Old Irving Brewing Set to Release Barrel-Aged Krampus
The brewery that took gold in the hazy IPA category at the Great American Beer Festival is getting ready to release its barrel-aged series this week as Old Irving Brewing’s Krampus is out of the barrels.
For the first time, the brewery is releasing the variants in bottles after only releasing the base barrel-aged beer last year. This year’s Barrel-Aged Krampus series has three different beers. The base beer loaded up with vanilla and cocoa nibs, Champurrado which includes cinnamon and chilis, and a Breakfast version with maple and coffee. Each beer was aged in Heaven Hill barrels for 11 months and have an ABV of 12%.
To make the release as easy as possible, each Barrel-Aged Krampus is available to pre-purchase online with the pick-up window at the brewery starting 11/26 and running for eight days. Customers are able to purchase up to two bottles of each beer. Each bottle is 750ml and goes for $20 plus fees. There are 750 of each beer available to the public and at the time of this story being written Old Irving was about 80% sold out of the allotment.
The labels for each of the beers are done by Tim Broyles who has a past in graphic design but is also an assistant brewer at Old Irving. Mathew Powers and myself got to sit down with Head Brewery and Co-Founder Trevor Rose-Hamblin and drank through each of the beers in this year’s lineup. Here are our thoughts.
Barrel-Aged Krampus Cookies
MZ: This is the OG beer. It’s significantly thicker than last year’s release with more chocolate on the nose but the bourbon isn’t lost on the aroma, it’s just floating in the background. When you taste this beer for the first time you’ll instantly notice how smooth it is. The chocolate isn’t overpowering or chalky. It’s a fudgey brownie delight with nice notes of bourbon coming through.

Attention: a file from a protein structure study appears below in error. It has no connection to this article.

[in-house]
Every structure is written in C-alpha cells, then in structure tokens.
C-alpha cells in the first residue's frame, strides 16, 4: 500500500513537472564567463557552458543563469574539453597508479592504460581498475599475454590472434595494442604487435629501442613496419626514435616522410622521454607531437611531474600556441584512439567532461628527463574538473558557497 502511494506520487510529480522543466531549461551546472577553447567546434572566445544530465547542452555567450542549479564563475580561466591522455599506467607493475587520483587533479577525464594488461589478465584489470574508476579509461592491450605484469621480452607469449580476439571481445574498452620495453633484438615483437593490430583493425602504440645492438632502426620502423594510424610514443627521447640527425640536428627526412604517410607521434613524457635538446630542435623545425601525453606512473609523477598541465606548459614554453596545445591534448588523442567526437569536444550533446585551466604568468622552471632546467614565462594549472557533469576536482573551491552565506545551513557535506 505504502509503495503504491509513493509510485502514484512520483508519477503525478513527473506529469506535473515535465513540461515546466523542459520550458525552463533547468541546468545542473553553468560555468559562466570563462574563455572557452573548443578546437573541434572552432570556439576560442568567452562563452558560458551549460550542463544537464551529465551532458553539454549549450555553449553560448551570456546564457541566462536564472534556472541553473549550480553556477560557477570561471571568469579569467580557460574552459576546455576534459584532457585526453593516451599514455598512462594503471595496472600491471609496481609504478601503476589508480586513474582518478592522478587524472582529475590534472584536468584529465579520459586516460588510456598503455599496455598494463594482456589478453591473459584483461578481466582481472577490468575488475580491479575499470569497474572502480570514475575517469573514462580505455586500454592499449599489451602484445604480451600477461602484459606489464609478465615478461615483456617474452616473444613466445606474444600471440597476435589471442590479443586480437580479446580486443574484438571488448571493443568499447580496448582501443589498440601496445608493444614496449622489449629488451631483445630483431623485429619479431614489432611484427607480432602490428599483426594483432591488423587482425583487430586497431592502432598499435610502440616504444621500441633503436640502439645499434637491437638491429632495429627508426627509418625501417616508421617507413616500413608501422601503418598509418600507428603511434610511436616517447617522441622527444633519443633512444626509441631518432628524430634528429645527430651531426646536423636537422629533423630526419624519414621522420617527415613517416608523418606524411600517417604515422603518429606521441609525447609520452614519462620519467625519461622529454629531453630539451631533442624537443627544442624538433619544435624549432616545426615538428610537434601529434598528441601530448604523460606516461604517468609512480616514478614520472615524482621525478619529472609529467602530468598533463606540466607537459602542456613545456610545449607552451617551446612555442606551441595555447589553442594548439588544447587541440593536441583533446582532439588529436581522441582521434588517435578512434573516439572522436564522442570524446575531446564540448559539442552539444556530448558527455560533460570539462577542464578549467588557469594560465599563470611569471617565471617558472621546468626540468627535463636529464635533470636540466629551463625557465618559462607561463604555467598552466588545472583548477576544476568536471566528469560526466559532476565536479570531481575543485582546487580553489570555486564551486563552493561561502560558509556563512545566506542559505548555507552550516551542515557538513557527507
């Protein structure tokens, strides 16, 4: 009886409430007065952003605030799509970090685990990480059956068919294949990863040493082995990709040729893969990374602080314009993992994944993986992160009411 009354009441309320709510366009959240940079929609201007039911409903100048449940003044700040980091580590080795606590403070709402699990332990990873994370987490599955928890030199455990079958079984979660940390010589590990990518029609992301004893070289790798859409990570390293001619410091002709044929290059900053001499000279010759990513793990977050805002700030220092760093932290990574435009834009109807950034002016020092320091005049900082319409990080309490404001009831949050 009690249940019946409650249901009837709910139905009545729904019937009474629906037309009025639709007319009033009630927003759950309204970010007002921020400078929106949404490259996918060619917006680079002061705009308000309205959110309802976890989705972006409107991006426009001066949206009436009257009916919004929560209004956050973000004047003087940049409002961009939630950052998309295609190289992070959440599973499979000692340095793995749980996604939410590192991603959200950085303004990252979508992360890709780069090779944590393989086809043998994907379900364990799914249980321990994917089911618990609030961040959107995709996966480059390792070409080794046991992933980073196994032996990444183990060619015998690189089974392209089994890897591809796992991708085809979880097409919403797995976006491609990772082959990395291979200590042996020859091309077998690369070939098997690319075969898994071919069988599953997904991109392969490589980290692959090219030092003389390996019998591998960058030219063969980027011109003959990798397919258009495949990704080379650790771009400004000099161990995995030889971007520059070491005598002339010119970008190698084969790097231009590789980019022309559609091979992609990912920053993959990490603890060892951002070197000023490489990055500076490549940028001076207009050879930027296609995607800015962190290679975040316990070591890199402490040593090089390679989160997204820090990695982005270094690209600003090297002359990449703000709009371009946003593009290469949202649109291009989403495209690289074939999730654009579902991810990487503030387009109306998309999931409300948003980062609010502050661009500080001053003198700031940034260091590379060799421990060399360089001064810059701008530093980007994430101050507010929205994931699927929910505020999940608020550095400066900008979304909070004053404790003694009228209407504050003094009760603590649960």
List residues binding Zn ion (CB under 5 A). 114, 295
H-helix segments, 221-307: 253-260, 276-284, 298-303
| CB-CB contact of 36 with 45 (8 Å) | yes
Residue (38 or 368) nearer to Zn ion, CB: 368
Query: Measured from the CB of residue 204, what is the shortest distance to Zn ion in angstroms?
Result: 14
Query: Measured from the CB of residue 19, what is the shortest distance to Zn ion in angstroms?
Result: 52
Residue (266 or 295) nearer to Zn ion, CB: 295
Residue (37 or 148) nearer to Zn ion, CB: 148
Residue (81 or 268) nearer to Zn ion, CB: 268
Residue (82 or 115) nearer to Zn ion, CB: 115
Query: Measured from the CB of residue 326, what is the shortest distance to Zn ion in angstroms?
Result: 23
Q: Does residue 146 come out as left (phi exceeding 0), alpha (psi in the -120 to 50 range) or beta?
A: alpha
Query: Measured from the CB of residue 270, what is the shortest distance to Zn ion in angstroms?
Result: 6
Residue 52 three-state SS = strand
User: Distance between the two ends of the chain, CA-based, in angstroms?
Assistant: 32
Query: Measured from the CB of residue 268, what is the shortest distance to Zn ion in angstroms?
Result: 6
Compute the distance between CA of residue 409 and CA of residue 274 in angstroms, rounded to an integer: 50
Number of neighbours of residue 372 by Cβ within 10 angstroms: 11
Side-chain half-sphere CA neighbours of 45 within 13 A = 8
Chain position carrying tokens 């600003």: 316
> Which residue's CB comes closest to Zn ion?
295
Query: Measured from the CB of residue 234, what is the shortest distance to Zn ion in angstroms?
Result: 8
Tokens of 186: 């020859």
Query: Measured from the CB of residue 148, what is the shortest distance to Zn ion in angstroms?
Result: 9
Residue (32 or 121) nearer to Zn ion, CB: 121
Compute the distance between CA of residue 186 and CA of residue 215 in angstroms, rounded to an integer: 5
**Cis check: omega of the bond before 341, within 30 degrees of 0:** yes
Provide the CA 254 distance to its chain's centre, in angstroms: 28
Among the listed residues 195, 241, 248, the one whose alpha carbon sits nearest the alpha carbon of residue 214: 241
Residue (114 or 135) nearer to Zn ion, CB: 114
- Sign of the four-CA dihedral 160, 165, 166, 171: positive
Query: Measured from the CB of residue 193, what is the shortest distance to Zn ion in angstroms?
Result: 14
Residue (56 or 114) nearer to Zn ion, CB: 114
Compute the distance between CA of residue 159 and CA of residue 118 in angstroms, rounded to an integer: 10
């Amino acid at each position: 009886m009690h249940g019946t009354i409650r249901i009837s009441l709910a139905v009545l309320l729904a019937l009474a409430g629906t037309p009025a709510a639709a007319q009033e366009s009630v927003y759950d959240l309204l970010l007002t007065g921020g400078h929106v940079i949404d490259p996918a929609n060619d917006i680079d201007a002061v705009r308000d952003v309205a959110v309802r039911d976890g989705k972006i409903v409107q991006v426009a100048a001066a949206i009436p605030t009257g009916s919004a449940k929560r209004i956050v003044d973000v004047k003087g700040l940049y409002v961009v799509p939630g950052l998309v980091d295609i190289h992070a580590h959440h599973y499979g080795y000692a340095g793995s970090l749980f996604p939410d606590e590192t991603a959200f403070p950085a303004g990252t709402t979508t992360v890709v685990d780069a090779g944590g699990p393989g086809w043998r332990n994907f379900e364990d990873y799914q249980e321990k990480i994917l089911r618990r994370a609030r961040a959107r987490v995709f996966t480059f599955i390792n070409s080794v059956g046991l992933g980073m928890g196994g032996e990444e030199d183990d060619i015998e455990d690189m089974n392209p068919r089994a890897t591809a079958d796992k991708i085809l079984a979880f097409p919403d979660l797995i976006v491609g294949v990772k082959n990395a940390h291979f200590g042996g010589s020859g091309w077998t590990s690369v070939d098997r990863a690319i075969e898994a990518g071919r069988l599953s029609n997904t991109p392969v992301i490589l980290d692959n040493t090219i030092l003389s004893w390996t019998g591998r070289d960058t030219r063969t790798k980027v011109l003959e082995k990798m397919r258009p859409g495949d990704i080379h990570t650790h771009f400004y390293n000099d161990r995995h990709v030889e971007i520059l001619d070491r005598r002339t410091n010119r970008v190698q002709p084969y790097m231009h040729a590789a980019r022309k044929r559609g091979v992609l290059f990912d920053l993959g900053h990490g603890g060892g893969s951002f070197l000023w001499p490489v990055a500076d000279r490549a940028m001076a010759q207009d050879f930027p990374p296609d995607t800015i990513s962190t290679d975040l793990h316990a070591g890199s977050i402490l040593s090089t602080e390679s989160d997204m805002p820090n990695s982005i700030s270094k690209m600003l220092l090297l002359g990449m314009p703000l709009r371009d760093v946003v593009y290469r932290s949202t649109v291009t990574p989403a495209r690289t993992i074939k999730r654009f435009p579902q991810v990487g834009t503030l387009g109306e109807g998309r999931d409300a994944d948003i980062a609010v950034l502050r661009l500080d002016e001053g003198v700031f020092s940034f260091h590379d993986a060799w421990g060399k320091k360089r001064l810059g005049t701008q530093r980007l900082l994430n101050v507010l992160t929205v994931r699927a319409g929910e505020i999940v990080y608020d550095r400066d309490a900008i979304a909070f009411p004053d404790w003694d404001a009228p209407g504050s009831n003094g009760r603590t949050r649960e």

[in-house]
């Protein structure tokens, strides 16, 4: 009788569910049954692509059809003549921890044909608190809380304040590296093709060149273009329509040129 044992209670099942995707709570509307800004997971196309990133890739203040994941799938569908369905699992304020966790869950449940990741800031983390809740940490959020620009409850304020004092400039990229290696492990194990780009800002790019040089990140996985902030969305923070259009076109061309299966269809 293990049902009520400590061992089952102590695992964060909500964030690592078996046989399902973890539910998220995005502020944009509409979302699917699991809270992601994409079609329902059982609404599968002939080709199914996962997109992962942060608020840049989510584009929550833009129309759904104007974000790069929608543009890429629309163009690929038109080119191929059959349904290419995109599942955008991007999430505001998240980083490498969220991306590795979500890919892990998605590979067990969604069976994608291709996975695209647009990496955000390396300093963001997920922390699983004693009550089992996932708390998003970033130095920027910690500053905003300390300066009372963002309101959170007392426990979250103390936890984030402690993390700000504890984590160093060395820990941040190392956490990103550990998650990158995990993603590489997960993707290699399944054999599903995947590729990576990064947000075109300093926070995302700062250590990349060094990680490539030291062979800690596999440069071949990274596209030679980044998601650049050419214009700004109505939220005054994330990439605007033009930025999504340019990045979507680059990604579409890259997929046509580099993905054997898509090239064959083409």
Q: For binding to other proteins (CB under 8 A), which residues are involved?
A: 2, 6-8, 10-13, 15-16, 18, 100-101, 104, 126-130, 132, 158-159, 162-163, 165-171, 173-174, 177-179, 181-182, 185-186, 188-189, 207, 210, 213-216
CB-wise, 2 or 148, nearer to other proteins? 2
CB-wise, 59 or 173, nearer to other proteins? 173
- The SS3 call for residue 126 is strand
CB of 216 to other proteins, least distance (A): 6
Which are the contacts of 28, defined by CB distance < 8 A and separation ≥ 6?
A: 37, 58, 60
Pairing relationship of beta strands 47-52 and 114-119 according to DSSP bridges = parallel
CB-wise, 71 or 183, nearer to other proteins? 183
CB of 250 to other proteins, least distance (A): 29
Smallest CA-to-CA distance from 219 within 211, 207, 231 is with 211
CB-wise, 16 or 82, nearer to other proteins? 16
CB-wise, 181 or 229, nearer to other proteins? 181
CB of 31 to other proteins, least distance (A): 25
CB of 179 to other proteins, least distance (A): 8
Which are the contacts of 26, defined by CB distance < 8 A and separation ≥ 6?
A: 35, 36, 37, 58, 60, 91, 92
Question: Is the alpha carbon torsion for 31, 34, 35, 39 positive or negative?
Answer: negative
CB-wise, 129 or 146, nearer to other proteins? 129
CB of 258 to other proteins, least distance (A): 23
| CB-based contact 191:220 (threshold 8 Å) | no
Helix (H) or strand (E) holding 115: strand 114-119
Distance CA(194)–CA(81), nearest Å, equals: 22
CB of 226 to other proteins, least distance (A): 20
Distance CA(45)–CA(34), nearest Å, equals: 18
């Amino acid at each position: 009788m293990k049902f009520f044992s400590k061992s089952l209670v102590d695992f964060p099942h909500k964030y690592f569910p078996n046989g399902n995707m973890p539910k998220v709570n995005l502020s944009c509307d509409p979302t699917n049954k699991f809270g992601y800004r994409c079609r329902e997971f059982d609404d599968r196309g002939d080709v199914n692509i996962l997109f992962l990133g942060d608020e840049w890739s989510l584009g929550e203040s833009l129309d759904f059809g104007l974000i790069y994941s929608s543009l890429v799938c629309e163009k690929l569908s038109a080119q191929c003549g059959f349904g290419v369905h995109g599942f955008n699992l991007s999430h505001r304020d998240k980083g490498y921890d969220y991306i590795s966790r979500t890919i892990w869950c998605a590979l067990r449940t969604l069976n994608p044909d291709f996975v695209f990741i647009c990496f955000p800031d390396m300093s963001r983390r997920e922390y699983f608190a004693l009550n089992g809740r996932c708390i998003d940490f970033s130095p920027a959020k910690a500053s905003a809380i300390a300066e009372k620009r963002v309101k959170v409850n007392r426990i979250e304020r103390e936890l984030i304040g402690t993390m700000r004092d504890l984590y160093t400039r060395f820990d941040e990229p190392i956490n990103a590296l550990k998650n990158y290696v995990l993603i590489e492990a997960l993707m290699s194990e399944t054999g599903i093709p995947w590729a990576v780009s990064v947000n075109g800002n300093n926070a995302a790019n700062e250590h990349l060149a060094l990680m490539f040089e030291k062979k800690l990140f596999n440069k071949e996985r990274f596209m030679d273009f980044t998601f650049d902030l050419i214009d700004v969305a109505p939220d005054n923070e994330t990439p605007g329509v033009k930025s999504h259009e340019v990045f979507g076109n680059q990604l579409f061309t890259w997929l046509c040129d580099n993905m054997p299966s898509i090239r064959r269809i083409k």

It’s sweet but I wouldn’t describe it as overly sweet. You’d probably categorize this as a pastry stout but it’s very well balanced. There’s some vanilla present but it’s subdued and mostly staying in the background. The chocolate in here is the star and it’s delicious.
MP: As Mike noted, this year’s Barrel-Aged Krampus Cookies base beer is much thicker than last year’s and velvety smooth. I love the chocolate in this, much like a cake or brownie, but presents much more savory than sweet. The barrel character, both in terms of a kiss of oak and the presence of whiskey, does not get hidden, either. In short, there’s plenty of complexity and depth of flavor that should please both beer geek and the person who simply wants to open a good beverage without all the fuss of analyzing it.
Barrel-Aged Champurrado Krampus
MZ: This beer is not only the standout of the Krampus lineup, it’s one of the standouts of any barrel-aged beer I’ve had this year so far. It’s a Mexican hot chocolate with great usage of Saigon Cinnamon which exhibits a more earthy tone to avoid being overly sweet.
Cinnamon always carries the potential to be an overpowering adjunct that can destroy your palate. Champurrado starts with a nice light cinnamon aroma that translates to the taste. With the base beer being chocolate forward, this beer could have gotten away from Rose-Hamblin fast but it stays together so well.